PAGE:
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Police Merit Commission may discipline former assistant chief

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A former assistant police chief of the City of Greenwood who was demoted to lieutenant may be disciplined by the city’s Police Merit Commission, the Indiana Court of Appeals ruled Friday. The officer argued that based on ordinances and codes, only the mayor could discipline police chiefs or assistant chiefs.

David R. Mertz was assistant police chief of the Greenwood Police Department when he was lead investigator on a case looking into alleged misconduct by Officer Nicholas Dine. The mayor, who has the authority to appoint the police chief and assistant chief, terminated the police chief and demoted Mertz to the rank of lieutenant, which he held prior to serving as assistant chief.

A review board looked into Mertz’s conduct related to the investigation of the officer and the police chief filed three disciplinary charges against Mertz with the commission. Mertz argued the commission couldn’t pursue disciplinary charges because the conduct that the charges were based on happened when he was assistant police chief. Greenwood ordinance and municipal code say the commission may take disciplinary action against any officer except the chief or assistant chief.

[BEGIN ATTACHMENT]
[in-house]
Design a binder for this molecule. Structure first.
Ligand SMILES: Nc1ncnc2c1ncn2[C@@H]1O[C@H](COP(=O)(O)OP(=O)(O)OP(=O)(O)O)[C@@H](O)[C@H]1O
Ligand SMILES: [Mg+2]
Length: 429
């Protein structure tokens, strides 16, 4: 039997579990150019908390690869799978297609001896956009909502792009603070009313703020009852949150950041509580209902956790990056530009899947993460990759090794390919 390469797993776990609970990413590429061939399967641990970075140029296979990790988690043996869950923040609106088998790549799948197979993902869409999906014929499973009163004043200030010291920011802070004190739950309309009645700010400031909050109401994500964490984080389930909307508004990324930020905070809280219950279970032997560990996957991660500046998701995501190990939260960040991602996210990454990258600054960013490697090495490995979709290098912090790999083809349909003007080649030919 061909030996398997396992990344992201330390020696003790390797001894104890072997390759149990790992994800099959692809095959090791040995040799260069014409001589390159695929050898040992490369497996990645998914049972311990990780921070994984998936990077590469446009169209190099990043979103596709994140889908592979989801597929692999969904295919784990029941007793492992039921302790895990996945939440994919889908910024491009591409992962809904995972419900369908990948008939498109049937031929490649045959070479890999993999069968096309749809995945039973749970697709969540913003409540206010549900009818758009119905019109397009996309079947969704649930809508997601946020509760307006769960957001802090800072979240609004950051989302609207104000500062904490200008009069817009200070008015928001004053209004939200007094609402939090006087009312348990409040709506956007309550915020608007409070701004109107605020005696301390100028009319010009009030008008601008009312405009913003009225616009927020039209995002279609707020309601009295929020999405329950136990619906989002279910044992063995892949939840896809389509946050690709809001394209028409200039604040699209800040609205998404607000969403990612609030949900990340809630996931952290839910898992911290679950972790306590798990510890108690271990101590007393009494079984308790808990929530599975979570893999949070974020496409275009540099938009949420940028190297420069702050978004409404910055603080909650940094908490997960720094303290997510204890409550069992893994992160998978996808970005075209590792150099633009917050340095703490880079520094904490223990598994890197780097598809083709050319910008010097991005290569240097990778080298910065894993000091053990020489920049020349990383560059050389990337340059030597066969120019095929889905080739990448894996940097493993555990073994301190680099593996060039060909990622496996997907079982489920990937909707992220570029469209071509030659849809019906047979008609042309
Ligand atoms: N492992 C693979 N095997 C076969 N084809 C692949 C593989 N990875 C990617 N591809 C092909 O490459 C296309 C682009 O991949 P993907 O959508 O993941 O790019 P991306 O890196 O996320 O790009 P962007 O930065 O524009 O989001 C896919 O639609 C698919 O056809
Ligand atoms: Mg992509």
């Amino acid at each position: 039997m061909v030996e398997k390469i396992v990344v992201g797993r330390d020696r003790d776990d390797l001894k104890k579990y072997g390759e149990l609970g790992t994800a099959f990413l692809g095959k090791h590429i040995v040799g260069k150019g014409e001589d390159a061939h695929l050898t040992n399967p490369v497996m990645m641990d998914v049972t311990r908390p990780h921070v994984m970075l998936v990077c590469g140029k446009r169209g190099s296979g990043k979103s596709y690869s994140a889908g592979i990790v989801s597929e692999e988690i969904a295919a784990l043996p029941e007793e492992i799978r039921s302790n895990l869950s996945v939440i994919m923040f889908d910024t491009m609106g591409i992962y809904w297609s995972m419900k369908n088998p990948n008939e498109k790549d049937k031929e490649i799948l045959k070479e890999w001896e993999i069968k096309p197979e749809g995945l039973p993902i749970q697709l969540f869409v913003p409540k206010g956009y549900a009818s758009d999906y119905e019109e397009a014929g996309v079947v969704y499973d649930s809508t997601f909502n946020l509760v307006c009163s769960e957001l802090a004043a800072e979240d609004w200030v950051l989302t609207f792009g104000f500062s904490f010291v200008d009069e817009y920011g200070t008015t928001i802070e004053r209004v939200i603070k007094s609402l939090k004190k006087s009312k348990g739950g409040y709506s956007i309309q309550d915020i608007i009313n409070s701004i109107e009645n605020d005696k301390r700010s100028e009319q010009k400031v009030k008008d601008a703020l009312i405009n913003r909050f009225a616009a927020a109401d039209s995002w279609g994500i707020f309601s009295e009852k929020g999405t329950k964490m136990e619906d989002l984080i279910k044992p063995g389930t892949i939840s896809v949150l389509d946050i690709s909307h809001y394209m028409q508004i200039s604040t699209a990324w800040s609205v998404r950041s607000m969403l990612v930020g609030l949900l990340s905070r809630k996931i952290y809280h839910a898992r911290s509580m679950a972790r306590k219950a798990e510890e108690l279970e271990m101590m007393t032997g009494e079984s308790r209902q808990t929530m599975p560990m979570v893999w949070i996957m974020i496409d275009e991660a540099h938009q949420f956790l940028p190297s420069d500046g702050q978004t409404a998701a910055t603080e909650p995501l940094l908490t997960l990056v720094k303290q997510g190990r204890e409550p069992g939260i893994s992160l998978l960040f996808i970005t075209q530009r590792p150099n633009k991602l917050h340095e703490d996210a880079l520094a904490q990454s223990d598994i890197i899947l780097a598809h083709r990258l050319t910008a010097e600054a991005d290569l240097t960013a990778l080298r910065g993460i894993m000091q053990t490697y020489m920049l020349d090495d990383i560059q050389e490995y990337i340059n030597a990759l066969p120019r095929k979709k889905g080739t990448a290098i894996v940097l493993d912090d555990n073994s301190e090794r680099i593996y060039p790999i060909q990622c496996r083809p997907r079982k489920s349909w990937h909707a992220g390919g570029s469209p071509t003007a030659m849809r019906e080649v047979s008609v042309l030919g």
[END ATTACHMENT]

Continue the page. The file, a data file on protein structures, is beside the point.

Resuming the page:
The commission ordered Mertz suspended without pay for 10 days after finding he committed actions to delay or manipulate the disciplinary proceedings against Dine.

The trial court denied Mertz’s petition for review, finding that once he was removed as assistant chief, the commission had the authority to consider disciplinary action against him.

In David R. Mertz v. City of Greenwood, Indiana, 41A01-1206-MI-286, the appellate judges held that while the police chief and assistant chief serve at the pleasure of the mayor, they remain police officers subject to the same professional standards as other officers.

“And, at the time of his disciplinary proceedings, Mertz was neither a chief nor assistant chief of police, and the Commission applied the statute, ordinances, and department rules and regulations that were in effect at the time of his conduct. Mertz proposes that we interpret the municipal code and ordinance to prohibit any discipline by the Commission for misconduct by a chief or assistant chief of police. But such an interpretation is untenable because it would undermine the entire command structure,” Judge Edward Najam wrote.